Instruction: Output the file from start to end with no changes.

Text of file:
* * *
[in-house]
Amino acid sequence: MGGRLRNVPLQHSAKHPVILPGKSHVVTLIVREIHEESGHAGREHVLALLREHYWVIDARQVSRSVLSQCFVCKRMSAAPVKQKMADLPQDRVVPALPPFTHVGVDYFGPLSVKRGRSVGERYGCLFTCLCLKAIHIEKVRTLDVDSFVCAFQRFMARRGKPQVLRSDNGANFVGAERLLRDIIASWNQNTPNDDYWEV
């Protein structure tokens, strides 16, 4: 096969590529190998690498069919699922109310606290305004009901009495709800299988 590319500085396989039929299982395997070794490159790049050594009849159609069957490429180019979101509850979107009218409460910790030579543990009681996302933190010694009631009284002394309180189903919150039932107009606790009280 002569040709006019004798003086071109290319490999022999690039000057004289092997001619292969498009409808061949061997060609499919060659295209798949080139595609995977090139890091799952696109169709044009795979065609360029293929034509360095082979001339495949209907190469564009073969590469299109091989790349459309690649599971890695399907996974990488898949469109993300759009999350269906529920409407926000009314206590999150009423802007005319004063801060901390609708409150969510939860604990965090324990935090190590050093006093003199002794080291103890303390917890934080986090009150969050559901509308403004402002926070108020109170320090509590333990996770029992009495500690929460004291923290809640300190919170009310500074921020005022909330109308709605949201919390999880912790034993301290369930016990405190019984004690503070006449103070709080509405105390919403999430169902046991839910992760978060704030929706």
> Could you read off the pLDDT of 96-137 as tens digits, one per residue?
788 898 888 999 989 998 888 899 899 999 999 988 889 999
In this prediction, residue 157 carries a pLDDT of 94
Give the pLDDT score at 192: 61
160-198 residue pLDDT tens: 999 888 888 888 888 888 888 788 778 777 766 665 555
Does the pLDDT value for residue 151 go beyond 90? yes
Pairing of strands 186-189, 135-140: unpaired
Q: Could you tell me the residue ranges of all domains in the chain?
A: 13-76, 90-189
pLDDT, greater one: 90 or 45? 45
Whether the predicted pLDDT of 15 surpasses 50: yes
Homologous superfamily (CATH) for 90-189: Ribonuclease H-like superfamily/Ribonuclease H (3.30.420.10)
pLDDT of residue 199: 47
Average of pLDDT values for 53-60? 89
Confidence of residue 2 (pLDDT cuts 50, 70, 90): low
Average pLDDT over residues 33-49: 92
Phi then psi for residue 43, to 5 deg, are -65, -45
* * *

[in-house]
Amino acid sequence: MGGRLRNVPLQHSAKHPVILPGKSHVVTLIVREIHEESGHAGREHVLALLREHYWVIDARQVSRSVLSQCFVCKRMSAAPVKQKMADLPQDRVVPALPPFTHVGVDYFGPLSVKRGRSVGERYGCLFTCLCLKAIHIEKVRTLDVDSFVCAFQRFMARRGKPQVLRSDNGANFVGAERLLRDIIASWNQNTPNDDYWEV
């Protein structure tokens, strides 16, 4: 096969590529190998690498069919699922109310606290305004009901009495709800299988 590319500085396989039929299982395997070794490159790049050594009849159609069957490429180019979101509850979107009218409460910790030579543990009681996302933190010694009631009284002394309180189903919150039932107009606790009280 002569040709006019004798003086071109290319490999022999690039000057004289092997001619292969498009409808061949061997060609499919060659295209798949080139595609995977090139890091799952696109169709044009795979065609360029293929034509360095082979001339495949209907190469564009073969590469299109091989790349459309690649599971890695399907996974990488898949469109993300759009999350269906529920409407926000009314206590999150009423802007005319004063801060901390609708409150969510939860604990965090324990935090190590050093006093003199002794080291103890303390917890934080986090009150969050559901509308403004402002926070108020109170320090509590333990996770029992009495500690929460004291923290809640300190919170009310500074921020005022909330109308709605949201919390999880912790034993301290369930016990405190019984004690503070006449103070709080509405105390919403999430169902046991839910992760978060704030929706």
> Could you read off the pLDDT of 96-137 as tens digits, one per residue?
788 898 888 999 989 998 888 899 899 999 999 988 889 999
In this prediction, residue 157 carries a pLDDT of 94
Give the pLDDT score at 192: 61
160-198 residue pLDDT tens: 999 888 888 888 888 888 888 788 778 777 766 665 555
Does the pLDDT value for residue 151 go beyond 90? yes
Pairing of strands 186-189, 135-140: unpaired
Q: Could you tell me the residue ranges of all domains in the chain?
A: 13-76, 90-189
pLDDT, greater one: 90 or 45? 45
Whether the predicted pLDDT of 15 surpasses 50: yes
Homologous superfamily (CATH) for 90-189: Ribonuclease H-like superfamily/Ribonuclease H (3.30.420.10)
pLDDT of residue 199: 47
Average of pLDDT values for 53-60? 89
Confidence of residue 2 (pLDDT cuts 50, 70, 90): low
Average pLDDT over residues 33-49: 92
Phi then psi for residue 43, to 5 deg, are -65, -45